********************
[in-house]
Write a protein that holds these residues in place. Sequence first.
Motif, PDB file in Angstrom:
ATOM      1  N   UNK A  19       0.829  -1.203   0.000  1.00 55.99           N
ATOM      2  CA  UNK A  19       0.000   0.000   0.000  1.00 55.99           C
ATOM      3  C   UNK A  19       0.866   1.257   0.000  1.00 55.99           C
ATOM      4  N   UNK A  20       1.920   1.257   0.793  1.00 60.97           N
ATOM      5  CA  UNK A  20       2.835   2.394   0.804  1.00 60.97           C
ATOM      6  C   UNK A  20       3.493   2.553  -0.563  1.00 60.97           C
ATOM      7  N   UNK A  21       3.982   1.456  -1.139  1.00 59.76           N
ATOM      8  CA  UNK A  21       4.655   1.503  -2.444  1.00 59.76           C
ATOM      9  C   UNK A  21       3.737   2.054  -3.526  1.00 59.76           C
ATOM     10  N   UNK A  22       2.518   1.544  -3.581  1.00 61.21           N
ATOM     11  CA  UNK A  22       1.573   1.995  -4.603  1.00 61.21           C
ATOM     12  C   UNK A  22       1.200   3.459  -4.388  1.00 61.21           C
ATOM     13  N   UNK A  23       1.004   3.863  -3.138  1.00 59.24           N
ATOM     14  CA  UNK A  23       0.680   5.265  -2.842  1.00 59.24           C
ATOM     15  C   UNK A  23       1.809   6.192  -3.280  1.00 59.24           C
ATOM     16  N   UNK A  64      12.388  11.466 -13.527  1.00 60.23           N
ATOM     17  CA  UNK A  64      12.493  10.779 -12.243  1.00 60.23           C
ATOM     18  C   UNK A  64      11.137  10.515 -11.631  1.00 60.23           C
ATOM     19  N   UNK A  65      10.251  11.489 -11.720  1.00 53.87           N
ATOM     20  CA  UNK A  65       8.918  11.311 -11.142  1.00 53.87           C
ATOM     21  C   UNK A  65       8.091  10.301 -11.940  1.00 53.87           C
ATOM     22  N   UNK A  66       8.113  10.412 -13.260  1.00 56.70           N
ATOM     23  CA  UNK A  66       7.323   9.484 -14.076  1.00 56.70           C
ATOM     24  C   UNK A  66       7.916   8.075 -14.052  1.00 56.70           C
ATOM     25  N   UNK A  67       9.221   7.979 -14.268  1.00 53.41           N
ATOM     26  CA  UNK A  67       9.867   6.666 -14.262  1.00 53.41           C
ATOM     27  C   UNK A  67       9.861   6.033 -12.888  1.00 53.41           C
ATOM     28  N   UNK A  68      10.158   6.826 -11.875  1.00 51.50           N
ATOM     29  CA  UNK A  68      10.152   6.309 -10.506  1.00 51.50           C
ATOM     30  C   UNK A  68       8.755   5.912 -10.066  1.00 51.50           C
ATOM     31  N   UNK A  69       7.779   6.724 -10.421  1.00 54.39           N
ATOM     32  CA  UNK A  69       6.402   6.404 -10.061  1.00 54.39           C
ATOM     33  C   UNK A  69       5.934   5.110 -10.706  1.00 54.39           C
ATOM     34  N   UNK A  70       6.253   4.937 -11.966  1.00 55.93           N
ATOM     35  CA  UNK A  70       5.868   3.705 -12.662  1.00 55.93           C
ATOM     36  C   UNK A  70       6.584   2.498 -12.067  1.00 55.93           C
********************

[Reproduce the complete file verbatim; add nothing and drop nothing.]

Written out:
[in-house]
Write a protein that holds these residues in place. Sequence first.
Motif, PDB file in Angstrom:
ATOM      1  N   UNK A  19       0.829  -1.203   0.000  1.00 55.99           N
ATOM      2  CA  UNK A  19       0.000   0.000   0.000  1.00 55.99           C
ATOM      3  C   UNK A  19       0.866   1.257   0.000  1.00 55.99           C
ATOM      4  N   UNK A  20       1.920   1.257   0.793  1.00 60.97           N
ATOM      5  CA  UNK A  20       2.835   2.394   0.804  1.00 60.97           C
ATOM      6  C   UNK A  20       3.493   2.553  -0.563  1.00 60.97           C
ATOM      7  N   UNK A  21       3.982   1.456  -1.139  1.00 59.76           N
ATOM      8  CA  UNK A  21       4.655   1.503  -2.444  1.00 59.76           C
ATOM      9  C   UNK A  21       3.737   2.054  -3.526  1.00 59.76           C
ATOM     10  N   UNK A  22       2.518   1.544  -3.581  1.00 61.21           N
ATOM     11  CA  UNK A  22       1.573   1.995  -4.603  1.00 61.21           C
ATOM     12  C   UNK A  22       1.200   3.459  -4.388  1.00 61.21           C
ATOM     13  N   UNK A  23       1.004   3.863  -3.138  1.00 59.24           N
ATOM     14  CA  UNK A  23       0.680   5.265  -2.842  1.00 59.24           C
ATOM     15  C   UNK A  23       1.809   6.192  -3.280  1.00 59.24           C
ATOM     16  N   UNK A  64      12.388  11.466 -13.527  1.00 60.23           N
ATOM     17  CA  UNK A  64      12.493  10.779 -12.243  1.00 60.23           C
ATOM     18  C   UNK A  64      11.137  10.515 -11.631  1.00 60.23           C
ATOM     19  N   UNK A  65      10.251  11.489 -11.720  1.00 53.87           N
ATOM     20  CA  UNK A  65       8.918  11.311 -11.142  1.00 53.87           C
ATOM     21  C   UNK A  65       8.091  10.301 -11.940  1.00 53.87           C
ATOM     22  N   UNK A  66       8.113  10.412 -13.260  1.00 56.70           N
ATOM     23  CA  UNK A  66       7.323   9.484 -14.076  1.00 56.70           C
ATOM     24  C   UNK A  66       7.916   8.075 -14.052  1.00 56.70           C
ATOM     25  N   UNK A  67       9.221   7.979 -14.268  1.00 53.41           N
ATOM     26  CA  UNK A  67       9.867   6.666 -14.262  1.00 53.41           C
ATOM     27  C   UNK A  67       9.861   6.033 -12.888  1.00 53.41           C
ATOM     28  N   UNK A  68      10.158   6.826 -11.875  1.00 51.50           N
ATOM     29  CA  UNK A  68      10.152   6.309 -10.506  1.00 51.50           C
ATOM     30  C   UNK A  68       8.755   5.912 -10.066  1.00 51.50           C
ATOM     31  N   UNK A  69       7.779   6.724 -10.421  1.00 54.39           N
ATOM     32  CA  UNK A  69       6.402   6.404 -10.061  1.00 54.39           C
ATOM     33  C   UNK A  69       5.934   5.110 -10.706  1.00 54.39           C
ATOM     34  N   UNK A  70       6.253   4.937 -11.966  1.00 55.93           N
ATOM     35  CA  UNK A  70       5.868   3.705 -12.662  1.00 55.93           C
ATOM     36  C   UNK A  70       6.584   2.498 -12.067  1.00 55.93           C